- Do I need a separately segregated bank account for my PPP loan? The law does not require this, but there is potentially an advantage with staying organized for your application. Cash is, of course, fungible–so you can prove up your application without taking this extra step.
- I don’t have work for people to do; should I bring them back anyhow? The CARES Act is a giant incentive for employers to keep people on the payroll. If there are long-term projects that can be done, now would be a great time for that. But if you already furloughed employees, it’s OK to miss out on 100% forgiveness (for reasons stated above). Here is the result to avoid: (1) missing out on full forgiveness, and (2) getting dinged on the forgiveness you’re otherwise entitled to. Aim to be full-go by June 30, 2020.
- I’m struggling with the decision whether to apply for a PPP loan. I have uncertainty, but I’m not on the immediate brink of failure. What do I do? If you can truthfully make the certifications on the application, then Congress intended the PPP program for you. Understanding there are no bright-line tests within the certifications, there is a lot of gray area. On the one hand, business owners should advocate for their enterprise and their employees, and capture every bit of government assistance to which they are entitled. On the other hand, here is a competing argument from a blog post:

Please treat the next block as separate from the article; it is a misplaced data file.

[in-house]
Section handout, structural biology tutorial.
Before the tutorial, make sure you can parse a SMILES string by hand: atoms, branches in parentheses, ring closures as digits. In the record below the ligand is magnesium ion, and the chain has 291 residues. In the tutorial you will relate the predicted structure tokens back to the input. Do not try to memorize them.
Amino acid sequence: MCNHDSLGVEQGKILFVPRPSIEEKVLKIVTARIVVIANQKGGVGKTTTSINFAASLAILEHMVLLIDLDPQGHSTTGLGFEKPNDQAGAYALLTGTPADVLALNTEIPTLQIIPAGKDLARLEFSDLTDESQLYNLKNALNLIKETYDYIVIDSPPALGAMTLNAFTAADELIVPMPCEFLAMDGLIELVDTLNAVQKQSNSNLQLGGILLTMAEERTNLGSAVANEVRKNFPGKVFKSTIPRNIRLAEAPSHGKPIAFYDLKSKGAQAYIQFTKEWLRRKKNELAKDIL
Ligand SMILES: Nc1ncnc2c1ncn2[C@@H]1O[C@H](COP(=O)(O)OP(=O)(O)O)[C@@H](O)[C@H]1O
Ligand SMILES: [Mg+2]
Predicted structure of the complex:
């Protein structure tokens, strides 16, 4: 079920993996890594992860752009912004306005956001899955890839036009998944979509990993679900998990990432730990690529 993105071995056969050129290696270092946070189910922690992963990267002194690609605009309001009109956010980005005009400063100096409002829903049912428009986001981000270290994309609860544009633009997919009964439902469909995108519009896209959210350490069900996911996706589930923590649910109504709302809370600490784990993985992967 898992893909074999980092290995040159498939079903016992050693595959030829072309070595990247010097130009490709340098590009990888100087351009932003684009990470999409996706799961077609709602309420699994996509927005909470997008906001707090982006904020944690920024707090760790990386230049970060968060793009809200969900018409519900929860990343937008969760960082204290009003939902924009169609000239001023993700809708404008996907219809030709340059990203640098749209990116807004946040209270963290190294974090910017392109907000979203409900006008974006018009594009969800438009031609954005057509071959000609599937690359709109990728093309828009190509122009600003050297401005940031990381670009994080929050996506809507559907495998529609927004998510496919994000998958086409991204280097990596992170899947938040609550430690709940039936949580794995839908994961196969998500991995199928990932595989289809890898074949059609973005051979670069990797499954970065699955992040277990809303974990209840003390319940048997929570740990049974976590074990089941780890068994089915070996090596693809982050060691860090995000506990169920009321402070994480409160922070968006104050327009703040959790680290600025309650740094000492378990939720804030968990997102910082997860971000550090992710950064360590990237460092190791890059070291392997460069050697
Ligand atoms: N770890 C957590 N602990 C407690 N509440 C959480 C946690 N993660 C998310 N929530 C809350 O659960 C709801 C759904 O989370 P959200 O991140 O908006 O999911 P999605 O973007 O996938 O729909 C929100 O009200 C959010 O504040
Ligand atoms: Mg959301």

If you have a strong balance sheet, have recently raised money, or have some certainty around a near-term capital raise, we think you should reconsider applying. Although things are chaotic at the moment and it might be possible to take advantage of a lack of controls in the system, that doesn’t mean we should necessarily do so. Imagine for a moment that three years from now, the WSJ or FBI does a deep forensic analysis on the small businesses that received loans during the crisis. Would you feel good about the details of your situation being revealed in that process?
Conclusion – Cavitch clients and prospective clients may contact me via email (email@example.com) with specific questions on applicability.
Tags: Business Law
, Capital and Finance